On the occasion of Earth Day, the president of OCE Eric Guilyardi and UNESCO Assistant Director- General for Education Stefania Giannini joined in conversation about education and climate action.
Climate change is one of the greatest challenges of our times. 2020 was one of the hottest years on record, according to an analysis by NASA, and since the late 19th century the earth’s average temperature has risen by more than 1.2 degrees Celsius. Ms. Giannini, how can education contribute to climate action?
Ms Giannini: Humans are increasingly influencing the earth’s temperature by burning fossil fuels, deforestation and farming livestock. The only way to counter climate change is to transform our lifestyles and establish sustainable patterns of production and consumption worldwide.
Climate change education has been increasingly recognized as a priority for Climate Action by the international community. The Paris agreement, the UN Convention on Climate Change as well as the Action for Climate Empowerment Agenda all recognize education as crucial to promote climate action.
Climate change education is part of UNESCO’s Education for Sustainable Development programme, which aims at transforming societies by transforming education. It focuses on empowering people with the necessary knowledge, skills, values and attitudes needed to live more sustainably, including by raising awareness on the causes and effects of global warming, promoting problem-solving and critical thinking skills to encourage people to take action.
How is UNESCO acting in this area?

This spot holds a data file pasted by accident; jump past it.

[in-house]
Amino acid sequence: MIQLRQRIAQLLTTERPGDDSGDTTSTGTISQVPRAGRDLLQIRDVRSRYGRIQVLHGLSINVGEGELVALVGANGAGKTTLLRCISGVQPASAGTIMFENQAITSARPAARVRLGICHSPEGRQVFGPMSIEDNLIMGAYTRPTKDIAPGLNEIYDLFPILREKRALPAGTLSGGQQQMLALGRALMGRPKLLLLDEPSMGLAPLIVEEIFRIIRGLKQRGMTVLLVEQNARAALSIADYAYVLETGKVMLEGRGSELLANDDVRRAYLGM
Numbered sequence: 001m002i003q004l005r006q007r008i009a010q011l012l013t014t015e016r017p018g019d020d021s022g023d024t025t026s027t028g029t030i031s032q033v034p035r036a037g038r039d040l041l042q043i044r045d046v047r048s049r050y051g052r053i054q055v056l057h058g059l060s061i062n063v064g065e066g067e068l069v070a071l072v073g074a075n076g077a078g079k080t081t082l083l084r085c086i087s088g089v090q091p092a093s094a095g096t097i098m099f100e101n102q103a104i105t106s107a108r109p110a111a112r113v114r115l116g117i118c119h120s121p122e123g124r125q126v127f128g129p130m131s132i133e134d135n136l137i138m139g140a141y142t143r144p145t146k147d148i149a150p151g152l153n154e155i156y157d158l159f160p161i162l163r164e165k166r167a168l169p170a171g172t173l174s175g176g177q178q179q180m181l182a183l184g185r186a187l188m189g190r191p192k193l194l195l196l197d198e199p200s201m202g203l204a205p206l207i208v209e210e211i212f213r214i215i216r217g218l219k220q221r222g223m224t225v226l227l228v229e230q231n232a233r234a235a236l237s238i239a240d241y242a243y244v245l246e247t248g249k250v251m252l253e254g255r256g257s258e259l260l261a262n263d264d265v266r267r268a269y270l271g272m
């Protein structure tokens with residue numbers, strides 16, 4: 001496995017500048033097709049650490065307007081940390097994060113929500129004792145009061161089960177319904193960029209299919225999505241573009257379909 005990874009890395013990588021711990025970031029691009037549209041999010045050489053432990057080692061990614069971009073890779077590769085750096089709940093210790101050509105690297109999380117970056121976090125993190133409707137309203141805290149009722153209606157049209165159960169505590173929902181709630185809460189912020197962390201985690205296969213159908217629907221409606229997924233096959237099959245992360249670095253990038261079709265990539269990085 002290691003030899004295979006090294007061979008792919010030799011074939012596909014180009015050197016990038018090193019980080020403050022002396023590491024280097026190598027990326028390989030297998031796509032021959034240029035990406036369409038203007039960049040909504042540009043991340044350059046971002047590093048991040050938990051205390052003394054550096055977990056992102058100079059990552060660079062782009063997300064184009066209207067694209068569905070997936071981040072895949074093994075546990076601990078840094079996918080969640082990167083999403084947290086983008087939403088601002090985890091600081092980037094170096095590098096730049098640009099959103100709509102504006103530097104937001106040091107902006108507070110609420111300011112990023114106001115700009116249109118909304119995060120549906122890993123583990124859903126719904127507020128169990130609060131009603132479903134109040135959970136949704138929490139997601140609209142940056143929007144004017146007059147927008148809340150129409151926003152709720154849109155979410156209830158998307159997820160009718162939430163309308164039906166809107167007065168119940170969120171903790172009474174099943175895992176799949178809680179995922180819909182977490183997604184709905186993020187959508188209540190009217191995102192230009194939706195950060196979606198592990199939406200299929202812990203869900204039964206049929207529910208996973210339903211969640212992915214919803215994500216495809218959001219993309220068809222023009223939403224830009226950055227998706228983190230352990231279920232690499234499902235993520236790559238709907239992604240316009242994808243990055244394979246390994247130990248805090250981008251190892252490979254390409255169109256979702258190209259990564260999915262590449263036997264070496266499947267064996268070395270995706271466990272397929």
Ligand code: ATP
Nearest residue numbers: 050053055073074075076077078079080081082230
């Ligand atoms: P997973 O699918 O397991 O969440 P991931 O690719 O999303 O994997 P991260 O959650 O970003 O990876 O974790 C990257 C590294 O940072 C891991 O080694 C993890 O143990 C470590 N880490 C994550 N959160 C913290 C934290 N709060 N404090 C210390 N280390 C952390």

Ms Giannini: We have been working to make education a central and more visible part of the international response for climate change. As part of the Organization’s Strategy on Climate Change, we advocate for Climate Change Education, produce and share knowledge, provide country support, policy guidance and implement projects on the ground. We also provide data on country progress and facilitate dialogue and exchange of experiences and best practices.
For example, UNESCO co-organized with the UNFCCC the 8th Dialogue on Action for Climate Empowerment in 2020 and developed a guide to provide countries with advice on how to integrate Action for Climate Empowerment in their respective Nationally Determined Contributions (NDCs), which are at the heart of the Paris Agreement and reflect countries efforts to reduce national emissions. Another example is the Getting Climate Ready Project, through which UNESCO has been supporting schools to become climate friendly and UNESCO You-CAN, the organization’s youth network for climate action.
What are the perspectives to take forward climate action through education?
Ms. Giannini: This year is particularly important for climate change education. At the World Conference on Education for Sustainable Development, we hope to mobilize government’s support and engagement to the new global framework of Education for Sustainable Development, ‘ESD for 2030’, that includes climate change as a key issue. At COP 26, a new work programme on Action for Climate Empowerment, which includes education, is expected to be adopted. We hope that governments will commit to Education for Sustainable Development and foster the collaboration between the education and the environment sectors.
At the initiative of the French government, the Office for Climate Education (OCE) was recently established as a UNESCO center. Mr. Guilyardi, could you please tell us why this centre was established and what are its main objectives and activities?
Mr. Guilyardi: The Office for Climate Education (OCE) was established in 2018 under the auspices of the French Foundation ‘La main à la pâte’. Our aim to educate the younger generations about climate change, its causes and consequences, by providing primary and secondary teachers with tools and resources and to enhance international cooperation between scientific organizations, education institutions and NGOs. In 2020, OCE became a category 2 centre of UNESCO, which will allow it to increase the scope and impact of its actions. Despite the challenge that climate change represents, our educational resources and activities are aimed towards action, hope and positive thinking. We promote the use of active pedagogies and an interdisciplinary approach to climate change education that takes into account global and local realities.